Call for contributions for the

Organized by:

University of Natural Resources and Life Sciences, Vienna,
Vienna University of Economics and Business & Lund University


With the advent of the sharing economy came the hope that new forms of organization would emerge that offer a more sustainable alternative to the current modes of production and consumption. The peer-to-peer sharing of underutilized assets such as apartments, cars, clothes, tools or food are expected to prevent the overconsumption of limited resources, enable entrepreneurship among individuals and strengthen social ties. Indeed, in many sectors, sharing economy platforms have grown impressively. But have the expectations of the advocates of the sharing economy been fulfilled?

The 8th International Workshop on the Sharing Economy (IWSE) in Vienna, Austria, provides a forum for critical reflections on the developments in the past and an outlook on the future of the sharing economy. The 8th IWSE follows earlier workshops in Utrecht (2015), Paris (2016), Winchester (2016), Lund (2017), Mannheim (2018), Utrecht (2019) and Barcelona (2021).

We invite scholars of diverse disciplines to join us in re-examining and re-considering whether the principles and practices of the sharing economy present a viable path forward considering the grand challenges humanity is facing (e.g., the climate crises, the current and future pandemics, armed conflicts). The current challenges show us—in some cases quite drastically—the problems of the prevailing behaviors on an individual, organizational, institutional, and societal level in our industrialized world, which urgently need to be solved.

Contributions are welcomed addressing questions related to the sharing economy including, but not limited to:

  • Do sharing economy examples meet the original hopes about sharing (i.e., social cohesion, cooperation, a more ethical alternative to the prevailing forms of organizing, sustainability etc.)?
  • Which hopes about the sharing economy still prevail and what are the new expectations about the outlook of the sharing economy?
  • What makes sharing economy organizations fail or hinders them from growing?
  • How has the sharing economy contributed to resilience and societal good in crises (e.g., in response to the pandemic, helping victims of armed conflicts)?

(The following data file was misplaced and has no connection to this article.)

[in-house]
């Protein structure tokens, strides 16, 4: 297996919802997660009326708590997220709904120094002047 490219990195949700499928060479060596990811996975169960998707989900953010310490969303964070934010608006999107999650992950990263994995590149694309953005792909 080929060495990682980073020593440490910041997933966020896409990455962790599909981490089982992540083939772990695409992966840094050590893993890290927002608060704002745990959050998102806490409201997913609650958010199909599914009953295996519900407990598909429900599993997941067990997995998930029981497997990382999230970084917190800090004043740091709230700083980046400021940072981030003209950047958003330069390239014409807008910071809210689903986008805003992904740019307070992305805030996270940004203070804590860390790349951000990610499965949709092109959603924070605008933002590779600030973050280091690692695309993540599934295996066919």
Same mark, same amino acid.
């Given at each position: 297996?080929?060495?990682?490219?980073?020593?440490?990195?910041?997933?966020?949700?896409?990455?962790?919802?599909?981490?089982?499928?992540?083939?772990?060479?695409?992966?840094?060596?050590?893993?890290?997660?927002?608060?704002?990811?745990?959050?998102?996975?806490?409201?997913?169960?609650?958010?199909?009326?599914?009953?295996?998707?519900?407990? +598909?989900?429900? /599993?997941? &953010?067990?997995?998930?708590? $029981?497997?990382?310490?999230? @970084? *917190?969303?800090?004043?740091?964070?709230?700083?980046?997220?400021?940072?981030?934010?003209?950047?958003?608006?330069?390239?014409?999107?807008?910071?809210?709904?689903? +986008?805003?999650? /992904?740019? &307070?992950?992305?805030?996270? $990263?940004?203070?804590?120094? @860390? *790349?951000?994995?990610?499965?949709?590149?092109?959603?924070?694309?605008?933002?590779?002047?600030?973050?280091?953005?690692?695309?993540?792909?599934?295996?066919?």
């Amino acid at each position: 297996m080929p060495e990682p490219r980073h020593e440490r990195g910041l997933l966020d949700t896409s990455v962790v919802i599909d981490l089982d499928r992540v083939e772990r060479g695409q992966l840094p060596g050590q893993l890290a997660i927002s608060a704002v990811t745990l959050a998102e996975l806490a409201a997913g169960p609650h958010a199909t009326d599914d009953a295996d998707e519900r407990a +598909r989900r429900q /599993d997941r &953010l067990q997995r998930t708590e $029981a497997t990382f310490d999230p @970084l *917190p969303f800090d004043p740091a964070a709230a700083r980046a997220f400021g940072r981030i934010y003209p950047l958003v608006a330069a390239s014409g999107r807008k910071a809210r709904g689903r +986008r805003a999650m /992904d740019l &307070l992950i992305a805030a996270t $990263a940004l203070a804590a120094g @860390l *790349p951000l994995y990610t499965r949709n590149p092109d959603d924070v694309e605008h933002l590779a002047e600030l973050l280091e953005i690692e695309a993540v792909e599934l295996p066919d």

Will the new forms of organizing in the sharing economy complement or even substitute the prevailing models?We welcome contributions from a number of perspectives including, but not limited to:

  • sustainability and ecological economics
  • organization, strategy, entrepreneurship, and innovation
  • regulatory, policy and governance
  • sociological and critical management
  • psychology, marketing, and consumer behavior

Various perspectives can be linked to these general questions and we would like to give some examples of possible research questions and directions that we consider to be central.

Perspectives and Research Questions

We seek to enable/mobilize/ initiate/ … discussion questions (but are not limited to) from

sustainability and ecological economics perspectives:

  • Does up-scaling of sharing economy solutions necessarily lead to collateral damage from an environmental or public welfare perspective?
  • How sustainable are various forms of shared mobility, i.e., car, bike, moped, or scooter-sharing or other sharing economy segments such as space (accommodation, working space, parking space), consumer goods sharing (tools, clothes and accessories, toys, sports gears, etc.) or food? In what sense are they relevant to climate change?
  • Does the Sharing Economy help dematerialize unsustainable consumption patterns, and in what way?
  • It is often suggested that the ecological impact of the sharing economy is limited because the services that have had a broad impact are precisely the ones with low ecological potential (e.g. commercial free-floating car-sharing). More sustainable services (e.g. peer-to-peer cargo bike sharing), have difficulties becoming more than a niche. Is there a way out of this dilemma?

organization, strategy, entrepreneurship, and innovation theory and strategy perspectives:

  • What are the key organizing principles of the different formats of the sharing economy? To what extent are intermediaries needed in the exchange and what kind of requirements should these meet (e.g., regarding action, risk, and power distribution)?
  • What comparative efficiency advantages do sharing economy firms have at inducing and orchestrating inter-firm cooperation?
  • How can sharing economy firms purposefully and strategically shape their institutional environment to improve their competitive advantage?
  • How can entrepreneurs and managers leverage sharing business model opportunities, whose value is currently uncaptured (e.g., dematerialization, reuse of materials)?
  • How does the sharing economy become institutionalized in diverse contexts, e.g., segments, geographical areas? What is the role of different actors in these processes?
  • What role does media play in the institutionalisation of the sharing economy?

regulatory, policy and governance perspective:

  • How much and what kind of regulation is necessary for the sharing economy to be/become conducive to the common good?